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All the reason in the world
What is it that justifies out and out commitment to the truth of a claim? There is at present a division between the internalists who think that normative reasons or justifications for belief are grounded in conditions internal to the individual and the externalists who think that part of what justifies belief is to be found external to the individual and her perspective on the world. This debate, the internalism/externalism debate, strikes many as intractable. I offer a diagnosis as to why this is so. We recognize that certain kinds of error do nothing to undermine one's standing as a rational agent and yet we also recognize that reasons are the sort of thing that are supposed to determine whether something counts as an instance of wrongdoing. Taken together, these claims suggest that justified wrongdoing is both possible and impossible. But this is an intolerable result. So are we to modify our conception of what it is to be rational or what it is for something to be a good reason? I say neither. In order to accommodate the insights of both internalist and externalist writers, we have to examine the implicit assumptions about how the normative appraisals of agents relate to the evaluations of attitudes. I defend a slightly unorthodox picture of normative appraisal and show how this allows us to resolve the tension at the center of the internalism/externalism debate. I go on to show how careful attention to the differences between excuses, justifications, and exemptions allows us to formulate an externalist account of epistemic reasons and explain why it is a mistake to think of theoretical deliberation as governed by norms or rules understood on the model of either strong or weak moral principles. ^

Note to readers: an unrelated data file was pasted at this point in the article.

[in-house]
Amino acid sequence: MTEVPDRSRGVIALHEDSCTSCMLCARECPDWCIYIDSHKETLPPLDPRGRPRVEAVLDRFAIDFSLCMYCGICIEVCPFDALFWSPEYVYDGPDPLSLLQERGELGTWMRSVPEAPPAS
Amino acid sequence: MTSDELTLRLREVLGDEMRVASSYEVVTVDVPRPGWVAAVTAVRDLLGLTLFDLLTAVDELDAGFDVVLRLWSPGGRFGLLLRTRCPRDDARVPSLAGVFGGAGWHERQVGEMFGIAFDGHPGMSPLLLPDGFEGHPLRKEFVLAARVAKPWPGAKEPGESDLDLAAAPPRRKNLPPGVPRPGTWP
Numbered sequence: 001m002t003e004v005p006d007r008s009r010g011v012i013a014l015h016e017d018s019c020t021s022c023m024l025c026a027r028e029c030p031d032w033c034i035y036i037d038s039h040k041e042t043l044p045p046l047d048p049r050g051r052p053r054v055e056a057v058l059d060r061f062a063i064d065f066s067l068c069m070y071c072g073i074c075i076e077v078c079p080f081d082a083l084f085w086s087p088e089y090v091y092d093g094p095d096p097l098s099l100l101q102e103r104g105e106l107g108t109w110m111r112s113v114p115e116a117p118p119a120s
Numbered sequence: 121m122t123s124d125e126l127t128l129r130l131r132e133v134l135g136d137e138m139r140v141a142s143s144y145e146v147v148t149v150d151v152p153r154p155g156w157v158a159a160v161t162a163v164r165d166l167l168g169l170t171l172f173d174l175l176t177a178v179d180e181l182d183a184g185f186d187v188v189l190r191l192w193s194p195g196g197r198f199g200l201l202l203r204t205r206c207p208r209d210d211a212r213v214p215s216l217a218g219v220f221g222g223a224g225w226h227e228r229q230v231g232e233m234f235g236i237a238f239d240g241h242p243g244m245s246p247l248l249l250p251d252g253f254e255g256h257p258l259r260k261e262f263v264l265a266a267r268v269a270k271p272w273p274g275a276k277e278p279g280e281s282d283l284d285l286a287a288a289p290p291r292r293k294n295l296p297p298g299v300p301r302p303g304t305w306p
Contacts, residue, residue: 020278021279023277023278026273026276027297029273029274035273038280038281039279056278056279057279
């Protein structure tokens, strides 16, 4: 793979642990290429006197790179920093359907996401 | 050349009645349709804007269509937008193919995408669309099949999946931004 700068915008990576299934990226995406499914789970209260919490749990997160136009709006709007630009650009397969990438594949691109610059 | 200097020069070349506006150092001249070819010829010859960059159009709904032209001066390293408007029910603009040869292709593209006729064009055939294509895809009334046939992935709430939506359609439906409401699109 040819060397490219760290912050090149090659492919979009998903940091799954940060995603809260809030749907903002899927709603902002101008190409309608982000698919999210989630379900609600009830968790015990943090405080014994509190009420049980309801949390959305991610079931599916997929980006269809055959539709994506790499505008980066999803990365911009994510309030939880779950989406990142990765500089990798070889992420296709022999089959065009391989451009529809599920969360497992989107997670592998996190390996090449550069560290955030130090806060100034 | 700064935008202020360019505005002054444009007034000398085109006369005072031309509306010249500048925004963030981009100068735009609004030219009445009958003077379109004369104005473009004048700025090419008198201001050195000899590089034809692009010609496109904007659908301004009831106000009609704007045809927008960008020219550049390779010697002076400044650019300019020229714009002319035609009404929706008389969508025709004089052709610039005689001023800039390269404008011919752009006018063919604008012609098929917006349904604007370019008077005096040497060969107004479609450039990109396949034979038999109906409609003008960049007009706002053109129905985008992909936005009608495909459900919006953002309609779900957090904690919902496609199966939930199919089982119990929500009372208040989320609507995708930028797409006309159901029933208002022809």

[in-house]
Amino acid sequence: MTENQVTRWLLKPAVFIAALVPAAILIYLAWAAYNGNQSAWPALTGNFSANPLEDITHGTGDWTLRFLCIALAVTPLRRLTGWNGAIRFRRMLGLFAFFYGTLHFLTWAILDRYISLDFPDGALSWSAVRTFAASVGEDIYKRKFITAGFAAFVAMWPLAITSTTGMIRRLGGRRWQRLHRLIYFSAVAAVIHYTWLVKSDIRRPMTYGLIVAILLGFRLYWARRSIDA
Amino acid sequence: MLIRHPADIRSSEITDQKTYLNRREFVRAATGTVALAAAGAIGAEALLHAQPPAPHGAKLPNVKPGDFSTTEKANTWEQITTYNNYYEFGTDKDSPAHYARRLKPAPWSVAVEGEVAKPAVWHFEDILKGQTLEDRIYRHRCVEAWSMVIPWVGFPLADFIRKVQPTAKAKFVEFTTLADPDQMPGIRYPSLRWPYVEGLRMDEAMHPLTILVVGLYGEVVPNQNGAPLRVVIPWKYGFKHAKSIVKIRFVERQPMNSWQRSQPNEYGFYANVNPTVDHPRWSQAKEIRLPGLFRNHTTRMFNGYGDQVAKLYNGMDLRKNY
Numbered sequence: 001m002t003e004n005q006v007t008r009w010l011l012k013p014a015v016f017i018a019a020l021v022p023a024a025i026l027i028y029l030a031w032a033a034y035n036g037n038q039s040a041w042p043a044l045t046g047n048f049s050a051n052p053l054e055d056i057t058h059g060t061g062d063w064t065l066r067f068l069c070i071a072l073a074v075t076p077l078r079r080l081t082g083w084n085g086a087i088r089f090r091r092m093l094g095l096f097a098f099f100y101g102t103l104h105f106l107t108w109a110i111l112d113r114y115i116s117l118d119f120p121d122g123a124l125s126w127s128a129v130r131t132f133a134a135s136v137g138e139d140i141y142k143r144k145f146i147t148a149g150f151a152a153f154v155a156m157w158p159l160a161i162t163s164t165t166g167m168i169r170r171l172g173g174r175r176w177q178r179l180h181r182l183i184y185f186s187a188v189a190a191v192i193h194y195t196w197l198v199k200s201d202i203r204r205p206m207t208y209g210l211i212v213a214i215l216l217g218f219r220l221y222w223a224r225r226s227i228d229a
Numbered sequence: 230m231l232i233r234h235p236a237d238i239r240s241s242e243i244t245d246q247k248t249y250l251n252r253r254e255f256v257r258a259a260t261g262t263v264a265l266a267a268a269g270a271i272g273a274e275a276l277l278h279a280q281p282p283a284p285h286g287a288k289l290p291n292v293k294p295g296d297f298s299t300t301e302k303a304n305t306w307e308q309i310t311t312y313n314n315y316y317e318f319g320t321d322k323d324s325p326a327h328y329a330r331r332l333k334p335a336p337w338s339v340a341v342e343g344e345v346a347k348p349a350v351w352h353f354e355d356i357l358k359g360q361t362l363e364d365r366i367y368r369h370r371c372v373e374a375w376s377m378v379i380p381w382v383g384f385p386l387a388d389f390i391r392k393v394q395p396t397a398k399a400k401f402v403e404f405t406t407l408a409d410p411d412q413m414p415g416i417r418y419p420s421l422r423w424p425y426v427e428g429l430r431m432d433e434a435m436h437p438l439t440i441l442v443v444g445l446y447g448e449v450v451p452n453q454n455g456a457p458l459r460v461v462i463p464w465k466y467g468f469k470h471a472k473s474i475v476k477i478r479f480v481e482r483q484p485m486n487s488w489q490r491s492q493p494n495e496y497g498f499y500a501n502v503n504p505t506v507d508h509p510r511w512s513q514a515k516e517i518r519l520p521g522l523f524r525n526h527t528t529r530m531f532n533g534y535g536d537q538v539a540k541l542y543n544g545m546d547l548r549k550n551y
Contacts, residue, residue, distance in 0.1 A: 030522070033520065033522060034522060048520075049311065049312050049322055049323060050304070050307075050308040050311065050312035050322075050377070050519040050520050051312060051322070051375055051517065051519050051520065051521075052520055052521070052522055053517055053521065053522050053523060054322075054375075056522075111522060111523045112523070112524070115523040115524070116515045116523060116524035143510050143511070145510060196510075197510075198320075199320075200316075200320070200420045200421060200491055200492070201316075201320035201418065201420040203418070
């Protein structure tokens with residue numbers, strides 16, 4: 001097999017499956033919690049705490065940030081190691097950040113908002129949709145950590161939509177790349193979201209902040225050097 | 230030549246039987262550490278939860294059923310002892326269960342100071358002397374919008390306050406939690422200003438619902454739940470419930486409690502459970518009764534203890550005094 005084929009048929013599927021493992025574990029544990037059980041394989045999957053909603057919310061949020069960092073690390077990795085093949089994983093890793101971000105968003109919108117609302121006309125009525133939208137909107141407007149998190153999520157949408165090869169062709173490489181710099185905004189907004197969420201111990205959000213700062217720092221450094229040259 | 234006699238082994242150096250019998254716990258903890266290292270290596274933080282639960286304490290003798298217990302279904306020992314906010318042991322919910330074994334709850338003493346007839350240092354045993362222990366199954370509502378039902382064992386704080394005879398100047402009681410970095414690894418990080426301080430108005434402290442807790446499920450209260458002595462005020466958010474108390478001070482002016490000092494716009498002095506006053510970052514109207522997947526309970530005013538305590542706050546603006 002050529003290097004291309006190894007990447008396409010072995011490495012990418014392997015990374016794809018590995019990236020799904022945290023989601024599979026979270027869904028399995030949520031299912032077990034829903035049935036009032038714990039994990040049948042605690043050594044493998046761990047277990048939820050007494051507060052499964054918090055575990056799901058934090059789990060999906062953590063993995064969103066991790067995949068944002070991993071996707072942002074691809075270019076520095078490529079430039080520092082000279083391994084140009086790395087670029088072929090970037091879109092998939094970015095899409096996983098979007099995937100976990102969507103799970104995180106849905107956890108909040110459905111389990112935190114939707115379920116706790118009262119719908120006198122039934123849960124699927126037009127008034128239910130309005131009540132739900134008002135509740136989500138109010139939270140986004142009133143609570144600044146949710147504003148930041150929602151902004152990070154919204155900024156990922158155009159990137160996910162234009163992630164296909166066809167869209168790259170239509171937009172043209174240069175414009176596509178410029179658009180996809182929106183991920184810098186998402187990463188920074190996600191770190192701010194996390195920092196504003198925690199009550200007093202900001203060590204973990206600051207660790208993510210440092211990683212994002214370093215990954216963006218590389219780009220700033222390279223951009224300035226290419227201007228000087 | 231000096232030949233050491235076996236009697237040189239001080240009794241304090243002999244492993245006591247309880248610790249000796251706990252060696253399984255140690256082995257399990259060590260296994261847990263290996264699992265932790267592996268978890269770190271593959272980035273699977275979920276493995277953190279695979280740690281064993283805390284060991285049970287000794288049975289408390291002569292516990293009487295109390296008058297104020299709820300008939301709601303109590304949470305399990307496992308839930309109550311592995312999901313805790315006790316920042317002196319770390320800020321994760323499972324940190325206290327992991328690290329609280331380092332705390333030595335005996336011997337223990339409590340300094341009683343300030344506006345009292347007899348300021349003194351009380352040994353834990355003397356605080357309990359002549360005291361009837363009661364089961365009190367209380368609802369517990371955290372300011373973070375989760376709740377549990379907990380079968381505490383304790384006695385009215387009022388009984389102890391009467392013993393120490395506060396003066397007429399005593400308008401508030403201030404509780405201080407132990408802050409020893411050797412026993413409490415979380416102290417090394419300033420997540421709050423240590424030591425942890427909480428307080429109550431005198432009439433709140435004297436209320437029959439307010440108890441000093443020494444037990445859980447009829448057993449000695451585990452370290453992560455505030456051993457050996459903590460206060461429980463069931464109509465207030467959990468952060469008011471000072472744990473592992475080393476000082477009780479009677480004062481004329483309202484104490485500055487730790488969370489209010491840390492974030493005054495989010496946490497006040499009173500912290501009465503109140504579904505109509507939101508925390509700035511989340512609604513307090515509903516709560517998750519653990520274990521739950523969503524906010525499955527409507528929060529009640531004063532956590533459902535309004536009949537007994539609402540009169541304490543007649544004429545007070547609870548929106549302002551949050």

Littlejohn, Clayton M, "All the reason in the world" (2005). ETD collection for University of Nebraska - Lincoln. AAI3186865.